In the days before gramophones and radios, if a family wanted to enjoy music they had to provide it themselves. A piano was a prized addition to many households.
Music was also an important part of entertaining guests. It might be a feature of an elegant soirée in a stylish drawing room, or perhaps a more modest entertainment in a small parlour; what Lizzie insists on calling a "soyree" (it's generally a mistake to let Lizzie know how a word of foreign origin is spelled, rather than just telling her how it's pronounced).
|New Zealand Graphic & Ladies Journal: A Musical Evening, [by an unknown artist]. 1890. Ref: PUBL-0163-1890-001. Alexander Turnbull Library, Wellington, New Zealand. http://natlib.govt.nz/records/22728993|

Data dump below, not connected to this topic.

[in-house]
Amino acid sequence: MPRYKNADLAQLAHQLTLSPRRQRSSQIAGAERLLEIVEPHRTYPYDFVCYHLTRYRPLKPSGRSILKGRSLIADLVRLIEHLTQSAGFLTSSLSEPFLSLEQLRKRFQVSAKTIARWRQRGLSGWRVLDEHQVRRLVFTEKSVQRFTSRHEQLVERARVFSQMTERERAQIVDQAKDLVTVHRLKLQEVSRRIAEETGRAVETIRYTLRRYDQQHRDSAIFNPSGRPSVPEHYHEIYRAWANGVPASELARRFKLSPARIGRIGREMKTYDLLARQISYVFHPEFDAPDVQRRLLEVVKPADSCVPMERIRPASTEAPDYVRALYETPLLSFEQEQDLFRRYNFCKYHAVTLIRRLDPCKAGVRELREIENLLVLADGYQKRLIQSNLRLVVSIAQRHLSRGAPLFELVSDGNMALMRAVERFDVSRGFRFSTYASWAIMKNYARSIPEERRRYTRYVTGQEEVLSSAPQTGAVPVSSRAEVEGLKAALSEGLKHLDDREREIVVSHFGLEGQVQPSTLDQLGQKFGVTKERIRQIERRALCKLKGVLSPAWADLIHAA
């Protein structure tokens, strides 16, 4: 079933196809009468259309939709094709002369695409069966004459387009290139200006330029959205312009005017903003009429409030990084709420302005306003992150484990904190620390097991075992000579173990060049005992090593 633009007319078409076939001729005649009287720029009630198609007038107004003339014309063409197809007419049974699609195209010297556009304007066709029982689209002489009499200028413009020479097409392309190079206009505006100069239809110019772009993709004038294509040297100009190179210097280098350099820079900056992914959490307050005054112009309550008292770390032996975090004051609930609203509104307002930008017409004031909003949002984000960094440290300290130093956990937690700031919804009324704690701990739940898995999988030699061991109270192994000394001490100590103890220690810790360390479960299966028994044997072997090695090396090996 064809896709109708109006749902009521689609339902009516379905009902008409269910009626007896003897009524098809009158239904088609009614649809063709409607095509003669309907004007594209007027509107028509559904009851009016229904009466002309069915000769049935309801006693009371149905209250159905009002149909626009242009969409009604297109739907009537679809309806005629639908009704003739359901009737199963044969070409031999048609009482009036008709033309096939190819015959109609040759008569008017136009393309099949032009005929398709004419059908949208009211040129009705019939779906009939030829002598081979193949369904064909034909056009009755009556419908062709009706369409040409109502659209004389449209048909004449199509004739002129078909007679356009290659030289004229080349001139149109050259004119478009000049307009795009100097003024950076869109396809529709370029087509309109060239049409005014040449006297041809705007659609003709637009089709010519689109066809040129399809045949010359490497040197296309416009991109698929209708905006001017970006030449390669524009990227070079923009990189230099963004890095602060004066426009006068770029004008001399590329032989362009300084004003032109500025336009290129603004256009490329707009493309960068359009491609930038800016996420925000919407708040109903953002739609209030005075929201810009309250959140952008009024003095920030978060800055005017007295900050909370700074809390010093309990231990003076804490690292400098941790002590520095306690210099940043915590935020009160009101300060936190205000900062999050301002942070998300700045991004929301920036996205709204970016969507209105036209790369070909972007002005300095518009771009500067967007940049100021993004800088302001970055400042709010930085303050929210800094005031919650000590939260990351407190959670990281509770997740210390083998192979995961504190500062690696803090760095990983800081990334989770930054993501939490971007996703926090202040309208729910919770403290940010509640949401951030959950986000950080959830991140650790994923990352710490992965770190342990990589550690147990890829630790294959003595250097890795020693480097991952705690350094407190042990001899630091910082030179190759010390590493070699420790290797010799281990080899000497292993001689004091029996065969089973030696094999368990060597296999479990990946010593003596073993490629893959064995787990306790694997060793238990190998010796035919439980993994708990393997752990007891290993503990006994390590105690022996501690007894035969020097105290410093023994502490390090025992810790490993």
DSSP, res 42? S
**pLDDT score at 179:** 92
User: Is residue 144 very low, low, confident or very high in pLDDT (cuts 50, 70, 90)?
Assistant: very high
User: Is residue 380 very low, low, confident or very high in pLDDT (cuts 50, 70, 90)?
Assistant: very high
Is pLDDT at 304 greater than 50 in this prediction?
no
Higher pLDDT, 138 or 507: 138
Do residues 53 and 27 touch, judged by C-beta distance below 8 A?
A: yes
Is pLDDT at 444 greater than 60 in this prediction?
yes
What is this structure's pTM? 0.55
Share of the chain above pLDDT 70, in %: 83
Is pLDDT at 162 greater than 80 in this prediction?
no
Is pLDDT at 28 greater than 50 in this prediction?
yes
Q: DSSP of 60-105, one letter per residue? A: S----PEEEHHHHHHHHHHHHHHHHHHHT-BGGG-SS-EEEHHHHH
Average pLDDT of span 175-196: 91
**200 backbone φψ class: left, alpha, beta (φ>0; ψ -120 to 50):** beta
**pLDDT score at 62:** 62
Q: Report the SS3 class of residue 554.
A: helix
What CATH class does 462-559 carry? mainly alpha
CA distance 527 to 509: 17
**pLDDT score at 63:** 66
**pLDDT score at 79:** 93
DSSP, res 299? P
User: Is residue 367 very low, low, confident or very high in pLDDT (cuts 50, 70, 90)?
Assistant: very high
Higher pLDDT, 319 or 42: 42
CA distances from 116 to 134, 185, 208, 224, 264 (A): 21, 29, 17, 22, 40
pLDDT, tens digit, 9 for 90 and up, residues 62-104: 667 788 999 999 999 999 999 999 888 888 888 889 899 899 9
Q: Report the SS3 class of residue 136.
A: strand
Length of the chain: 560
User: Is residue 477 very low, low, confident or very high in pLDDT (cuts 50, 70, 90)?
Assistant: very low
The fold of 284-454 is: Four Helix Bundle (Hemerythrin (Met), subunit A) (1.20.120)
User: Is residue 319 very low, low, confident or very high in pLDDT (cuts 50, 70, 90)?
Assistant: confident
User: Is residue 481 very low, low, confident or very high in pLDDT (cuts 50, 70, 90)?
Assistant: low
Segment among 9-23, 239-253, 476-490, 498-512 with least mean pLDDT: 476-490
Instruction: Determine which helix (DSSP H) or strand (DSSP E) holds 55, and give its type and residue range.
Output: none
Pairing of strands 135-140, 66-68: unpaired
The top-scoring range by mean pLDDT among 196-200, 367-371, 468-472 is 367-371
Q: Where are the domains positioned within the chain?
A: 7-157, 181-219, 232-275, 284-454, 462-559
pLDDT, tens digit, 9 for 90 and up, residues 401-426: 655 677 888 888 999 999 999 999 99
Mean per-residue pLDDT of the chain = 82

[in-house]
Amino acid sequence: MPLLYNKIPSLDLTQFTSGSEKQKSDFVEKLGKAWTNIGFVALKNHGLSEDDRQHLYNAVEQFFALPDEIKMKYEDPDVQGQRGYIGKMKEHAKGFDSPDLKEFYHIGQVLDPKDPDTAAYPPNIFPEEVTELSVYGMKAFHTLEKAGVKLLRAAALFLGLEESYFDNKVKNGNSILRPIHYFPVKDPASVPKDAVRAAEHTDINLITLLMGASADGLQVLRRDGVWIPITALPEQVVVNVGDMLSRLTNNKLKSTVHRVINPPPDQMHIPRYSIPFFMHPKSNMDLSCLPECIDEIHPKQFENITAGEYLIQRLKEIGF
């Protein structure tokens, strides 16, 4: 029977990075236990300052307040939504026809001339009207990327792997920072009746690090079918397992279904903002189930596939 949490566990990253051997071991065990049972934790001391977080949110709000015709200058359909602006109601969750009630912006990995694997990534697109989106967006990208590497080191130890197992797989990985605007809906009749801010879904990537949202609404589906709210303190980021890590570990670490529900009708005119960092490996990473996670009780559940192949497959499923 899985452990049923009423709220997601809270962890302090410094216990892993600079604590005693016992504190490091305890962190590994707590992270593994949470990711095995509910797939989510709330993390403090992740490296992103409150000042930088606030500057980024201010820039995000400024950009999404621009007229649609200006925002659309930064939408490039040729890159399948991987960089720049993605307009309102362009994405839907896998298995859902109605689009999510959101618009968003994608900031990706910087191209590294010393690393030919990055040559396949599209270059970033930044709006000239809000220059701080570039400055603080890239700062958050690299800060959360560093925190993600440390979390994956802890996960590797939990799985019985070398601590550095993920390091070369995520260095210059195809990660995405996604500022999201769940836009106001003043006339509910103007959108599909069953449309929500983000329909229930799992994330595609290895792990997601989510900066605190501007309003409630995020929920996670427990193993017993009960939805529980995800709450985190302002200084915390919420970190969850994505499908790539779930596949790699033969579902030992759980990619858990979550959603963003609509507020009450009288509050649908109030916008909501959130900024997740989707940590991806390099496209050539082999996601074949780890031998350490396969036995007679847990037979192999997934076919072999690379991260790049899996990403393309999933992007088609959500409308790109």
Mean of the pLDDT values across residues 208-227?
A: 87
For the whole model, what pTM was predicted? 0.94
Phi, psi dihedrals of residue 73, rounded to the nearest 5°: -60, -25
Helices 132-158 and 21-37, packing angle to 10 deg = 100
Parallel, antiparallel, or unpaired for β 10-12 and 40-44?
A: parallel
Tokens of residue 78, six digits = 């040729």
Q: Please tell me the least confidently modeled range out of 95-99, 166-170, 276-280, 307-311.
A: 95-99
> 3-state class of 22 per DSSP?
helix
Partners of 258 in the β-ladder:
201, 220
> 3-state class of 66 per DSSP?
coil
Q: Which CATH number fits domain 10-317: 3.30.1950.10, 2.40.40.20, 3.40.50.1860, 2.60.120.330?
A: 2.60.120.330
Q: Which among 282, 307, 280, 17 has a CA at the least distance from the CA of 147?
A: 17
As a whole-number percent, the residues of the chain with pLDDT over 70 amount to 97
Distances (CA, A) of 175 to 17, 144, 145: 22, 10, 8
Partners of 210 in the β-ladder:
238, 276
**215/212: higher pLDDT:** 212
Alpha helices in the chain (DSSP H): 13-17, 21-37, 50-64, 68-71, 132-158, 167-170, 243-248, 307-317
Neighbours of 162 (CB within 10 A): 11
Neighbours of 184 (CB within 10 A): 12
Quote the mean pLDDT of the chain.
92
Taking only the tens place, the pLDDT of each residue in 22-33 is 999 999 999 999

The soirée (or soyree) might be a gathering of only family and close friends, or might include people whose closer acquaintance was wished. And sometimes it might be a way to show off the accomplishments of a marriageable daughter, thereby increasing the prospects of a good match.
And sometimes the piano was played simply for pleasure, perhaps as a respite from the demands of a busy household.